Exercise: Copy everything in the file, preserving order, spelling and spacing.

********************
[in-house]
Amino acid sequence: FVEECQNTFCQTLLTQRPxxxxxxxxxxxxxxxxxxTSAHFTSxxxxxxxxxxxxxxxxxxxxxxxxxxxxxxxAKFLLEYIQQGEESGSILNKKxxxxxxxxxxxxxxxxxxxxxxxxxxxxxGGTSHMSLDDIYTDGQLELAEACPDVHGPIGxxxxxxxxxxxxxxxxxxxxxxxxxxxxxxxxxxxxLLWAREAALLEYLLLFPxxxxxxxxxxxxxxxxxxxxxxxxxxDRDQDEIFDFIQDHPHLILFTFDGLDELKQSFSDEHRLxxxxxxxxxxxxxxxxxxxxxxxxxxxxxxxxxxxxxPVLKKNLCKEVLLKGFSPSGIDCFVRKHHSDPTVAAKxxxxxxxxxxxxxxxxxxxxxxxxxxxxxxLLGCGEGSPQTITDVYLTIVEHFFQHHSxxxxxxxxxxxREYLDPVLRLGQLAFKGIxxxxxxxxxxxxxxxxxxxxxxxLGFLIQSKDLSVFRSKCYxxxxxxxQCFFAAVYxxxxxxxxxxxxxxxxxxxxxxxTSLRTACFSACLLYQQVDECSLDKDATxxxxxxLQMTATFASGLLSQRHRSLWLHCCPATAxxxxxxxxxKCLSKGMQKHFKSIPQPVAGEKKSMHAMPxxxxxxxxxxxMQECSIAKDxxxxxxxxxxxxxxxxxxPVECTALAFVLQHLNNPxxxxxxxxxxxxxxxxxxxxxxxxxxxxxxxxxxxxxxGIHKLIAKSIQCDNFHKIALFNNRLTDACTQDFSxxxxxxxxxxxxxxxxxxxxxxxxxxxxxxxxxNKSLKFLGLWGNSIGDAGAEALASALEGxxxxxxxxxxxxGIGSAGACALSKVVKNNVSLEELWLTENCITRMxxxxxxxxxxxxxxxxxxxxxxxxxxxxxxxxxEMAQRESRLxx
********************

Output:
[in-house]
Amino acid sequence: FVEECQNTFCQTLLTQRPxxxxxxxxxxxxxxxxxxTSAHFTSxxxxxxxxxxxxxxxxxxxxxxxxxxxxxxxAKFLLEYIQQGEESGSILNKKxxxxxxxxxxxxxxxxxxxxxxxxxxxxxGGTSHMSLDDIYTDGQLELAEACPDVHGPIGxxxxxxxxxxxxxxxxxxxxxxxxxxxxxxxxxxxxLLWAREAALLEYLLLFPxxxxxxxxxxxxxxxxxxxxxxxxxxDRDQDEIFDFIQDHPHLILFTFDGLDELKQSFSDEHRLxxxxxxxxxxxxxxxxxxxxxxxxxxxxxxxxxxxxxPVLKKNLCKEVLLKGFSPSGIDCFVRKHHSDPTVAAKxxxxxxxxxxxxxxxxxxxxxxxxxxxxxxLLGCGEGSPQTITDVYLTIVEHFFQHHSxxxxxxxxxxxREYLDPVLRLGQLAFKGIxxxxxxxxxxxxxxxxxxxxxxxLGFLIQSKDLSVFRSKCYxxxxxxxQCFFAAVYxxxxxxxxxxxxxxxxxxxxxxxTSLRTACFSACLLYQQVDECSLDKDATxxxxxxLQMTATFASGLLSQRHRSLWLHCCPATAxxxxxxxxxKCLSKGMQKHFKSIPQPVAGEKKSMHAMPxxxxxxxxxxxMQECSIAKDxxxxxxxxxxxxxxxxxxPVECTALAFVLQHLNNPxxxxxxxxxxxxxxxxxxxxxxxxxxxxxxxxxxxxxxGIHKLIAKSIQCDNFHKIALFNNRLTDACTQDFSxxxxxxxxxxxxxxxxxxxxxxxxxxxxxxxxxNKSLKFLGLWGNSIGDAGAEALASALEGxxxxxxxxxxxxGIGSAGACALSKVVKNNVSLEELWLTENCITRMxxxxxxxxxxxxxxxxxxxxxxxxxxxxxxxxxEMAQRESRLxx